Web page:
The 2015 Emmy Awards take place next week, and Lena Headey’s nomination for her portrayal of Cersei Lannister in Game of Thrones Season Five has got me thinking about a slightly old topic that I haven’t written about here before — her Walk of Shame in this year’s season finale.
Lena Headey is one of the favorites to win the Best Supporting Actress Emmy this year, and it’s easy to see why. Cersei’s Walk of Shame, where she is forced to walk naked in front of an increasingly hostile crowd as punishment for her sins, is as emotionally challenging to watch as it must have been to film. But although the scene has already become a well-known part of pop culture (try walking through the streets of Dubrovnik, where this was filmed, and listen to the number of people saying “shame, shame”), it has also faced a lot of criticism.
First, the scene has been criticized for being too long and too gratuitous, adding to the show’s history of sexually exploiting its female characters. But it has also been criticized for not being gratuitous enough, or at least not gratuitous in the “right way,” with Lena Headey’s use of a body double attacked as both a lack of commitment from Headey and a “deception” to the audience.
The second criticism is probably more troubling, but the first one feeds into it, so let’s start with that. The Walk of Shame scene is seven minutes long — seven minutes of full female nudity while a crowd throws things at her, threatens her and screams insults. When considered on its own, it’s a difficult scene to watch, but not necessarily a problematic one. The extended nature of the scene drives home the brutality of it, allowing us to see every moment of Cersei’s progression from defiance to fear to being completely broken to her vowing vengeance. The show has usually (although not always) portrayed Cersei in a fairly nuanced and sympathetic light, giving her more depth than she receives in the books, and although viewers may despise her, the extended, graphic nature of her Walk of Shame is intended to invoke sympathy and horror for the misogyny that this “evil” character faces.
But in the context of Season Five, the scene could be interpreted quite differently. Refinery29 described this season as the “rapiest season of a television show in recent memory,” and the show’s gratuitous use of rape as a plotline was discussed by several mainstream media outlets, including Vanity Fair. The audience is incredibly used to seeing rape, misogyny and gratuitous female nudity on the show, to the point that Cersei’s fate may no longer feel that shocking. Viewers are inured to this sort of violence and humiliation, so the scene must be made even more intense to stand a chance of making an impact.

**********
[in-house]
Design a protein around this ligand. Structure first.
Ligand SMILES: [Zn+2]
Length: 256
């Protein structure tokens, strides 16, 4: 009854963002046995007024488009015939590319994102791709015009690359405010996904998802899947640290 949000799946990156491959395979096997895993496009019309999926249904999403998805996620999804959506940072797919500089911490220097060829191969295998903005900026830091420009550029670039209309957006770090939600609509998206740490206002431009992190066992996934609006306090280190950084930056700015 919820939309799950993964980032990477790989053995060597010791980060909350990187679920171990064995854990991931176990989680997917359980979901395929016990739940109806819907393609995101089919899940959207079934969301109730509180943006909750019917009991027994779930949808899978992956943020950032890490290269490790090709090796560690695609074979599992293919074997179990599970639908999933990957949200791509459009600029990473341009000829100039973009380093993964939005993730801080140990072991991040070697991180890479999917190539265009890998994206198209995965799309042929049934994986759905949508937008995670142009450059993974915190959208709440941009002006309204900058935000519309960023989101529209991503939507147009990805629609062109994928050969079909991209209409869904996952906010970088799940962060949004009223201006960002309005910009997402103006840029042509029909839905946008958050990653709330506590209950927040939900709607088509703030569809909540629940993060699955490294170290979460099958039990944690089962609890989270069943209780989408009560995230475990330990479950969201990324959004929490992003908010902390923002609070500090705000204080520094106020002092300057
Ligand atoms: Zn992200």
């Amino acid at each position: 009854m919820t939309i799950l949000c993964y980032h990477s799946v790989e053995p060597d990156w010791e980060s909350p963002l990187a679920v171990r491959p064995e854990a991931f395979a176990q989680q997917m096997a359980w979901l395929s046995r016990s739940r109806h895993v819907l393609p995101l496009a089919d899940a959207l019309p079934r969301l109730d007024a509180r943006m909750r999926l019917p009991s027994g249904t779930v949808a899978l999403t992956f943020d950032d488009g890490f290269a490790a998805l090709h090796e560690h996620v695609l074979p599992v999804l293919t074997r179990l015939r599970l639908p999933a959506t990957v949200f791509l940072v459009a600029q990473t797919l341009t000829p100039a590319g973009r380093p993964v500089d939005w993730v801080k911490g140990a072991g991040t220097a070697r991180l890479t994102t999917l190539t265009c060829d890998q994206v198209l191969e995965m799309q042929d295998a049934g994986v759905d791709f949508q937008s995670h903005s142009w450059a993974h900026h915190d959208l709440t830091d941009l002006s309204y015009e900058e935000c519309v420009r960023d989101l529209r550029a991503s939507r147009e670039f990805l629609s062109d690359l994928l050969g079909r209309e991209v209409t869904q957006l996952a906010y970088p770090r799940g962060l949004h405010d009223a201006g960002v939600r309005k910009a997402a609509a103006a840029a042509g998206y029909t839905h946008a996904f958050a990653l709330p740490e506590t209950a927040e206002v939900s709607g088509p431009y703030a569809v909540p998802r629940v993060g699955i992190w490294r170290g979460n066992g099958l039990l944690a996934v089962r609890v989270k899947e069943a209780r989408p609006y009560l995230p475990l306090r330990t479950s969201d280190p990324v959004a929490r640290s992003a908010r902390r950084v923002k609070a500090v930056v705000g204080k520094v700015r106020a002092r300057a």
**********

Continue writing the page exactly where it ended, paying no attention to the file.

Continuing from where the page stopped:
Conversely, this context made the scene seem more shocking, but for the wrong reasons. The show has used female humiliation and sexual exploitation for “shock factor” entertainment so often that this scene blurs in with the others, and is damned by association. Another scene of full female nudity. Another scene where a female character is shamed for her sexuality while her body is displayed for viewers to enjoy. If this scene was intended to make us side with a villainous character, it seems to suggest that female characters must endure this sort of sexual violence in order to be sympathetic.
And it’s a perspective on the scene that some viewers have joyfully embraced. It’s well-known that Lena Headey worked closely with a body double to create the scene, and she faced a lot of criticism of fans who felt that she was not only failing at her job as an actress, but denying them their promised nudity. It’s been pointed out that Lena Headey was pregnant at the time of shooting, and that she has a lot of tattoos that would be difficult to cover up, but honestly, that shouldn’t matter. Even if neither of those things were true, the level of entitlement toward an actress’s body is extreme, with the most worrying criticism, perhaps, being that she did a nude scene in 300, so she has to be willing to do one here. The idea that she has to be willing to be naked in front of thousands of extras and on screen for millions of viewers in order to properly act the scene — despite the fact that Lena Headey claimed she used a double so that she could focus on Cersei’s emotion and give a better performance — has its roots in the commodification of female bodies throughout our culture, but it’s also a perspective that the show has encouraged.
Female nudity is so common on the show that it has become completely unremarkable, and it is always shot for the audience’s gratification. Even in scenes of violence and suffering, such as the rape of Craster’s Wives or Ros’s death, the nudity is clearly framed as a treat for the viewer. They’re entitled to see this, and they’re entitled to enjoy it. So when some viewers anticipated this Walk of Shame, they saw it not just as an incredibly emotional moment for Cersei, but also a chance to see Cersei naked, and to enjoy her humiliation. And this explains why it matters so much that it wasn’t Lena Headey — it’s not about Cersei and her story, but about the body itself.
All of these things are reasons to criticize the show, its writing and its direction. But none of them take away from the powerful work that Lena Headey did in that scene, and in this season as a whole. It was an incredible piece of acting, and it really deserves Emmy recognition, because, for once, vicious misogyny was treated with the empathy and depth it deserves. If only it wasn’t marred by the context of director-driven misogyny in the rest of the show.